We are running the Tulsa Route 66 Half-Marathon in TWO weeks and I am starting to get a little giddy. Partially because I’m excited, partially because I can’t wait for it to be over. The pumpkin candle is still burning but soon enough it’ll be time to replace it with something that reminds me of Christmas. Enjoy the last of the beautiful leaves and the season we have now!

thoughts on Whole30

Whole 30 is a reset for your body, a chance to identify allergies, habits, addictions. Essentially, it’s 30 days of no sugar, dairy, grains, soy, corn, and legumes. You can read more about it here.

For me, Whole30 wasn’t a crash diet, a fad, or an attempt to lose weight. Instead, I needed to know that I could cut my emotional ties with food. I had seen in myself for over a year just how much comfort I found in food and how destructive it was becoming. Sometimes it was a hard day or sometimes the end of a busy week. Whatever it was, food had become the ultimate comfort. I was no longer finding rest and solace in the Lord. I had turned my back to seek the easiest and quickest fix. I could feel it building and building, yet I chose to ignore it. I made excuses for why it was okay or how I was too busy to try and throw another thing into my routine. Yet, I kept feeling that nudge and small whispers from God. Did I love him more than whatever I was currently craving? Did I want to seek him and know him more than I wanted to spend a morning at Onyx drinking a latte? I knew it had reached the breaking point. I couldn’t run away anymore.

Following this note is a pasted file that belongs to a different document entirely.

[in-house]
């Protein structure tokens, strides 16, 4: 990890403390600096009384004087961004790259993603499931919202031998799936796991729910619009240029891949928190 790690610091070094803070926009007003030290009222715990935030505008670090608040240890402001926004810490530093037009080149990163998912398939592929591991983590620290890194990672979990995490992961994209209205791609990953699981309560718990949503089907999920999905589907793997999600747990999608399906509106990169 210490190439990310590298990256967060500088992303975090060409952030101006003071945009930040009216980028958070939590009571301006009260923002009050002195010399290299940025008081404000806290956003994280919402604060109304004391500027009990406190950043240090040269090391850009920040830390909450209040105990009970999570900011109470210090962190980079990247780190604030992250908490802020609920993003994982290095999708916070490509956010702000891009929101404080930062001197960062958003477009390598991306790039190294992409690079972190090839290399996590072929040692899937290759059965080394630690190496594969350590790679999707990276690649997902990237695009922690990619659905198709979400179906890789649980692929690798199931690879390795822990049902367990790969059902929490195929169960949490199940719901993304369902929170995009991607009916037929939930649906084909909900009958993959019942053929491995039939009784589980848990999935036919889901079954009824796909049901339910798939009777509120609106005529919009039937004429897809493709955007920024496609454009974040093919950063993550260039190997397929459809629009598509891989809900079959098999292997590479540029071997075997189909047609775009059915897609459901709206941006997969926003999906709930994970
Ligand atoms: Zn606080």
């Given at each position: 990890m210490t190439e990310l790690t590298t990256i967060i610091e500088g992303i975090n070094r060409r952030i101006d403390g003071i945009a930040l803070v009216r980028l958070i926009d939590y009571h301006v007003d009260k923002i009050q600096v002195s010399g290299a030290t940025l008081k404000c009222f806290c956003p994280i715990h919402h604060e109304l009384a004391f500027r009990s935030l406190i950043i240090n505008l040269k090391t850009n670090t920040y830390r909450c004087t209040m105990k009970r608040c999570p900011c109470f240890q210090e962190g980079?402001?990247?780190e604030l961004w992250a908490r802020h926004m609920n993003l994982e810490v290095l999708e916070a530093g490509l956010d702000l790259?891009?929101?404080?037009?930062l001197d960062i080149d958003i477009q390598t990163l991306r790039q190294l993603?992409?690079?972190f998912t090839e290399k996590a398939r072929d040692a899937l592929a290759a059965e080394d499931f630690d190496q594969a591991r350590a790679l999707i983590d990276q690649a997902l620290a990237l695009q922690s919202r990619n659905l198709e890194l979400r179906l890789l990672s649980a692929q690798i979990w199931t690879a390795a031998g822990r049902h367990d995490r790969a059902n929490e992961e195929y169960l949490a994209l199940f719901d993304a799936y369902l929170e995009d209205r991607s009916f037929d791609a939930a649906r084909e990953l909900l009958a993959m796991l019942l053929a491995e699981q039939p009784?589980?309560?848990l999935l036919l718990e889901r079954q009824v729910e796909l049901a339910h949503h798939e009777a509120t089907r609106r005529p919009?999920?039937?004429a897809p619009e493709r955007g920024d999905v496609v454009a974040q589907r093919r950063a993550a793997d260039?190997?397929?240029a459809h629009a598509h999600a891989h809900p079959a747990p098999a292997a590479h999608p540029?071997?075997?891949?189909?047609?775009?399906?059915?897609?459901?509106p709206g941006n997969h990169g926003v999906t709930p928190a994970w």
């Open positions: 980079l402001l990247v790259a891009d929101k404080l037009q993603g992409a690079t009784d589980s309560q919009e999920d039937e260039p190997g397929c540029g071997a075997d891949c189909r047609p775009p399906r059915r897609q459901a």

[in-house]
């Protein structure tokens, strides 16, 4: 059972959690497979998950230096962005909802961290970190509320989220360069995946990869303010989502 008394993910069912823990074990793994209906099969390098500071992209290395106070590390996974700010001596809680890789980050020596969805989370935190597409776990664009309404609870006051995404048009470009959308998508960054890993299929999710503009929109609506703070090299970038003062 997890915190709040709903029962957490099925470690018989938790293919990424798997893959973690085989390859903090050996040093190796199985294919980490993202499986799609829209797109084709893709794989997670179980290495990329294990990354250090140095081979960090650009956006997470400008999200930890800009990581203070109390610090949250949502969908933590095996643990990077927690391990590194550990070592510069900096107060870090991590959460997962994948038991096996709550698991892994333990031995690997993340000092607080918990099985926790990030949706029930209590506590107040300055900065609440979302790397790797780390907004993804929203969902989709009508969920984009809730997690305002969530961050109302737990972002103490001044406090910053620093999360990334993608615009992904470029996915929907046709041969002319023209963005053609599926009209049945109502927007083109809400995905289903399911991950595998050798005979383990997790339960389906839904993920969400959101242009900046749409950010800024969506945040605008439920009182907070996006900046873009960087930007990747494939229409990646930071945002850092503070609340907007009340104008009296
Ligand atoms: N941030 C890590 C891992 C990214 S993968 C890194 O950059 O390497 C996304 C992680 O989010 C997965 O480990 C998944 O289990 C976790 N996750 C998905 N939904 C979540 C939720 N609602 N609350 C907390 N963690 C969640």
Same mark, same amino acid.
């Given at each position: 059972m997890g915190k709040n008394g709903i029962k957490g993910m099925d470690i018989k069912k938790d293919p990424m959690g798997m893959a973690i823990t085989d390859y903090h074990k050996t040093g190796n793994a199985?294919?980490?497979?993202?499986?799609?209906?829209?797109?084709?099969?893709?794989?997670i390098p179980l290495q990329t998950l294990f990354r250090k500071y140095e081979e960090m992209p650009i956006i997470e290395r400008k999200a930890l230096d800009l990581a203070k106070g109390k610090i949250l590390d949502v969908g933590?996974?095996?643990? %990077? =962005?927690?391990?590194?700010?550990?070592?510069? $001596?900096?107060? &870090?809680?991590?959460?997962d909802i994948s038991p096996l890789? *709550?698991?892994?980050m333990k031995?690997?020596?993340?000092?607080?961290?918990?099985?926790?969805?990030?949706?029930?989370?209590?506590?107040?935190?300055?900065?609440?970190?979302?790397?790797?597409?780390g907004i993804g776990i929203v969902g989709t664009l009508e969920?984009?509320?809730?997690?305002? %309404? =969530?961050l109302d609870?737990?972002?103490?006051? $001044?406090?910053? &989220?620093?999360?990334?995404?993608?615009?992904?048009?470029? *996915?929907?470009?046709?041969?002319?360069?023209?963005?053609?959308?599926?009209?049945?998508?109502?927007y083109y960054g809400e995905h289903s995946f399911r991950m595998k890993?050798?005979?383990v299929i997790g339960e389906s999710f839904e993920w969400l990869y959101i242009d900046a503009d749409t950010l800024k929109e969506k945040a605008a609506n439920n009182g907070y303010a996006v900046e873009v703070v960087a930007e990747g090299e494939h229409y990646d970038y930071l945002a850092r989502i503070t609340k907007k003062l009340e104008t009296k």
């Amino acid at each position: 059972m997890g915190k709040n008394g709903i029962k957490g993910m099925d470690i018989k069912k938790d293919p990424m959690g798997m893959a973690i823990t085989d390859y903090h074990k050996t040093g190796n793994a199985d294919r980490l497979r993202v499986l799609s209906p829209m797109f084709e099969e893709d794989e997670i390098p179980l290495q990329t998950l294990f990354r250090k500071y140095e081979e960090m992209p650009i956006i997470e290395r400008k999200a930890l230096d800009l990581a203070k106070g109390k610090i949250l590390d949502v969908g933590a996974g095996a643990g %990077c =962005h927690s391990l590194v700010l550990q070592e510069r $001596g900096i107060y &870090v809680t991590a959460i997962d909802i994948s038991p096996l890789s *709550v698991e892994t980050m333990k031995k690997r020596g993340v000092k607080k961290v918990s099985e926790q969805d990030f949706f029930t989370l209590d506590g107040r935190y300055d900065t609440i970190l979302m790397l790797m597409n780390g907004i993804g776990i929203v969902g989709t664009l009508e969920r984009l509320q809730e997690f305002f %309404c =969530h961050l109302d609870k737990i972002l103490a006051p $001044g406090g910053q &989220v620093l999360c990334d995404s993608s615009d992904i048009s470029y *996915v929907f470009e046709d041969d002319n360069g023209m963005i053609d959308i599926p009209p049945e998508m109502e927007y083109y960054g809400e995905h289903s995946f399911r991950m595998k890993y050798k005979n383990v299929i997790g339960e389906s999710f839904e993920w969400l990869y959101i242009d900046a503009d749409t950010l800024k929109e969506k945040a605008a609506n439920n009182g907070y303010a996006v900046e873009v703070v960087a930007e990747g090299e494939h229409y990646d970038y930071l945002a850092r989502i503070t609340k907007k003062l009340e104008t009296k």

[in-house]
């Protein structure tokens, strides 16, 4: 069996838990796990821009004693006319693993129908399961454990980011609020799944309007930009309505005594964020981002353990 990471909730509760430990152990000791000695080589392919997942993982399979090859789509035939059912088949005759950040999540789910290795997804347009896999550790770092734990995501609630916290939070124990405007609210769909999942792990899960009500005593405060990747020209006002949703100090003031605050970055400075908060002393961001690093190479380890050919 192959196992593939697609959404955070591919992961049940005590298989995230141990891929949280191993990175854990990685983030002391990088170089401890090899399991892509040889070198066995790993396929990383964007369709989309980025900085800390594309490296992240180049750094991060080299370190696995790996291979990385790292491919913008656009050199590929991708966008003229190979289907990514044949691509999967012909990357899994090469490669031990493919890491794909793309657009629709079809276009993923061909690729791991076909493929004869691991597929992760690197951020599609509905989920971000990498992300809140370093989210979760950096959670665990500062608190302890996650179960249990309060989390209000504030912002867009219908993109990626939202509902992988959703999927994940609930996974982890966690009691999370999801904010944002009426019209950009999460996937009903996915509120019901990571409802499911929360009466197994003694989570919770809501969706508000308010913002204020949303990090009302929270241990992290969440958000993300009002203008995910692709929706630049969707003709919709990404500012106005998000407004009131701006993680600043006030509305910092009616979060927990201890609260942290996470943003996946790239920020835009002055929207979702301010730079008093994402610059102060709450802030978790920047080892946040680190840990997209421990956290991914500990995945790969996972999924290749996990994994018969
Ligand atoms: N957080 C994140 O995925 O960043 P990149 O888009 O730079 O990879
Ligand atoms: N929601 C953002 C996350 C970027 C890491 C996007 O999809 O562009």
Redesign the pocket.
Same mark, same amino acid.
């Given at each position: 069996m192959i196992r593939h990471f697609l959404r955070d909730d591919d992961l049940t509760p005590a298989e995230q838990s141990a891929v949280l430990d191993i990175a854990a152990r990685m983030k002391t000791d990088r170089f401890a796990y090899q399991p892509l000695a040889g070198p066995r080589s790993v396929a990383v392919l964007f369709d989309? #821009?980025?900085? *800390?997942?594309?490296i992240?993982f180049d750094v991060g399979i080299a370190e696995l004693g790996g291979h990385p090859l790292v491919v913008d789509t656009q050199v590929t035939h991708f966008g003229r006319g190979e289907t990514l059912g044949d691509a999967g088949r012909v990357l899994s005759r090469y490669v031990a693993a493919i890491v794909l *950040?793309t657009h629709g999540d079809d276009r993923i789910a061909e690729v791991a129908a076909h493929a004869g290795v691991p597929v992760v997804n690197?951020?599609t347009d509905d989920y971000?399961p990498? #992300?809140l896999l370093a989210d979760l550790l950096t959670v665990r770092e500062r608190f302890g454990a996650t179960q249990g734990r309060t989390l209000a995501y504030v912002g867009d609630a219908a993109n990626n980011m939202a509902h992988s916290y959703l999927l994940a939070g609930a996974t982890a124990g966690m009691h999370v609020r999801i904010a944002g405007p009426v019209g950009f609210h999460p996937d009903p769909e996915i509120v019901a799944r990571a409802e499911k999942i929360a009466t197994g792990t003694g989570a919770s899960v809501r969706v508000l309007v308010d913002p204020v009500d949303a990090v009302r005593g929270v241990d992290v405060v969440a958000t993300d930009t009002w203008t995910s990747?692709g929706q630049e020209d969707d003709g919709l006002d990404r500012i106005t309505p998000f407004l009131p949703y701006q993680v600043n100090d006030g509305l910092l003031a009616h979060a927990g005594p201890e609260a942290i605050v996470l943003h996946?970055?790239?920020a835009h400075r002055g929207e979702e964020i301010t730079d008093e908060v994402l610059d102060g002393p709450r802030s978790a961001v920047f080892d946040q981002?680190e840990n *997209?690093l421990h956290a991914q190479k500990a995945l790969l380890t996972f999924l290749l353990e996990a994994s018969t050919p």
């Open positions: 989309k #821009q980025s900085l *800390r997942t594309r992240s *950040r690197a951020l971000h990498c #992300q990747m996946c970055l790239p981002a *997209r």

Part of the reason Whole30 appealed to me is the fact that it’s all or nothing. There are no cheat days, no half-way doing it. You’re either in or you’re out. I talked to Taylor about it and we decided to start the following Monday. It was an incredible 30 days of learning. I saw how hard it is to find foods that don’t contain sugar and how much bad stuff is in the everyday items we consume. I learned how to better read labels, how to fill myself with GOOD food, and to say no and be okay with it. There were really, really hard moments. About a week in we went to a birthday party and it was pretty miserable. At one point I had to leave and walk around the neighborhood and pray out loud because I was so frustrated and just wanted to be able to eat what everyone else was. I was mad at Taylor for keeping me accountable and I was mad at myself for how badly I wanted to give in. On that walk I just kept hearing, “For man does not live on bread alone but the very word of God. For MAN does not live on BREAD alone but the very word of GOD”.